Don’t Laugh. It’s Fruitcake!

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Fruitcake has been the butt of jokes and object of ridicule for the longest time; so long, in fact, that the mere mention of that holiday concoction often evokes amusement if not outright scorn. When not dragged through the dirt and tossed through the air, it’s become the gift that many love to give which many more hate to receive.

I remember a fruitcake that was received as a gift by friends of mine on Christmas Day 1975. On Christmas Day 1985, this very same cake miraculously reappeared as a gift to some other friends of mine. God knows how many discontented recipients, be they friends or strangers to me, passed on this unfortunate cake in that intervening decade (and perhaps beyond) before it was finally laid to rest in someone or others’ trash pail.

In spite of the laughter, fruitcake has enjoyed a rich and proud history. The ancient Romans are believed to have invented the treat which was a combination of raisins, pine nuts, pomegranate seeds and honey wine into a cake called “satura.”  In fact, “the word satire, a literary form invented by the Romans, derives from the dish: a mixture of many ingredients both sweet and sour. But it is only in recent years that fruitcake has developed its more contemporary reputation of being a parody.”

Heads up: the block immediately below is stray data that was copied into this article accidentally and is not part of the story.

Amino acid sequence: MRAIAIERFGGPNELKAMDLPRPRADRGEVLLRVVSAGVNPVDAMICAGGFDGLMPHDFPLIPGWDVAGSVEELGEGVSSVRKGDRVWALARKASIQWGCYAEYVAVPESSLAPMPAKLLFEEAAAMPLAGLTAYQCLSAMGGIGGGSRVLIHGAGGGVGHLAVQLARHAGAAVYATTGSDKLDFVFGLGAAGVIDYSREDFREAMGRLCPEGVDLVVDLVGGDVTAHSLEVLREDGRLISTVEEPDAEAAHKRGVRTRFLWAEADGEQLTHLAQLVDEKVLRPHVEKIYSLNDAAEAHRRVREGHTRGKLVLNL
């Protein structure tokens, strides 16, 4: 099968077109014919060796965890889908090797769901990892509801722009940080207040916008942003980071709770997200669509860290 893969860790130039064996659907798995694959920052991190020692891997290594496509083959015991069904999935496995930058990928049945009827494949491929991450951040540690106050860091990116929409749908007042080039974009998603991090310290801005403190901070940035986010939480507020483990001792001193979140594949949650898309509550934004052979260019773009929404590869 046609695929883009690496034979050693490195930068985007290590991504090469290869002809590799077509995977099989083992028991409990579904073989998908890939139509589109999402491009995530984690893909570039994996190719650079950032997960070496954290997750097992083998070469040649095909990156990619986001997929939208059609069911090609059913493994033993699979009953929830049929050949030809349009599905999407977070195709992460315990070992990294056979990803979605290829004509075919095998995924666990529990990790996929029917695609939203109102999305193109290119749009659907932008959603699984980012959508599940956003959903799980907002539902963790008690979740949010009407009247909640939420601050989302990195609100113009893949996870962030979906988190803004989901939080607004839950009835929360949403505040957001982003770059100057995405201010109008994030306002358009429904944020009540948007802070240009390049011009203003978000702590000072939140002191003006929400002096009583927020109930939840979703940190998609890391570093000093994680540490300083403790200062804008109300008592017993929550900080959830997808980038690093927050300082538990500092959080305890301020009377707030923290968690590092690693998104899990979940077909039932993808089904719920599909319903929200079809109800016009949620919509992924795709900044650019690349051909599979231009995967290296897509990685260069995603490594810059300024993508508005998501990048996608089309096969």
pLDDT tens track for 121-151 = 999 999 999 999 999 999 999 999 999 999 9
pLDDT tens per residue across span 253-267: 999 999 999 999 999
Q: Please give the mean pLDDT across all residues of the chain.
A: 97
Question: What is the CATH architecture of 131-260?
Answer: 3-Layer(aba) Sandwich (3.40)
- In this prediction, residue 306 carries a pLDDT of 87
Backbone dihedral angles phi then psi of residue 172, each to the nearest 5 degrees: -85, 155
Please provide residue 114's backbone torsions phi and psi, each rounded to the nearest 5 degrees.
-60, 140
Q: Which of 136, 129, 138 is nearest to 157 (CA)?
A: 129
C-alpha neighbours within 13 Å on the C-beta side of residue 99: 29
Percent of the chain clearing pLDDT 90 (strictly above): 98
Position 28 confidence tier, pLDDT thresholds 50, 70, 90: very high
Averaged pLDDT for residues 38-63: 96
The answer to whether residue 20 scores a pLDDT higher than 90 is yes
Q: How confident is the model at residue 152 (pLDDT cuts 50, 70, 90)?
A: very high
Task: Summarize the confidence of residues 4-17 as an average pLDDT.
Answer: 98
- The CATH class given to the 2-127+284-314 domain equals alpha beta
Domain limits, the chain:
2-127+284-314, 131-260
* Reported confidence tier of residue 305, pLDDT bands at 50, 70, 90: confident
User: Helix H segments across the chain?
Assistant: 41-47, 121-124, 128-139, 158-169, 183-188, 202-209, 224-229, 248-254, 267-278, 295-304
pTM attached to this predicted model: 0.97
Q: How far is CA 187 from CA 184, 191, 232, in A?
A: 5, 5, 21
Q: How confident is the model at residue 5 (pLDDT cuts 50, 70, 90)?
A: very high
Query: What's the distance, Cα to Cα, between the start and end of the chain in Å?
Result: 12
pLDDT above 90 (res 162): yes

Far from being something to laugh at, fruitcakes have traditionally been something to prize. According to Lorna J. Sass, a food historian and cookbook author, dried fruit has always had an “edge of luxury to it.” Fruitcake is prepared differently in other parts of the world and often goes by various other names; for instance, it’s called “panforte” in Italy while it’s known as “black cake” in the Caribbean and “plum pudding” in Britain.

Here in America, fruitcake’s present-day notoriety grew as a direct result of its very popularity during the Christmas season. Commercially processed fruitcakes were the more widely available and, hence, cheaper types found in many supermarkets and department stores. These usually made “perfect gifts” for last minute shoppers in the market for a cheap yet colorful-looking, if not very tasty, offering. Seth Greenberg, a dessert expert, says that “it’s not the cake but rather the dried out, overly sweet, artificially colored fruits so many bakers cram into them.”

For more on the wonders and delights, ups and downs, of fruitcake see the NY Times article Just in Time, a Defense of Fruitcake; it was published in 1989 but it’s as relevant now as it was then.

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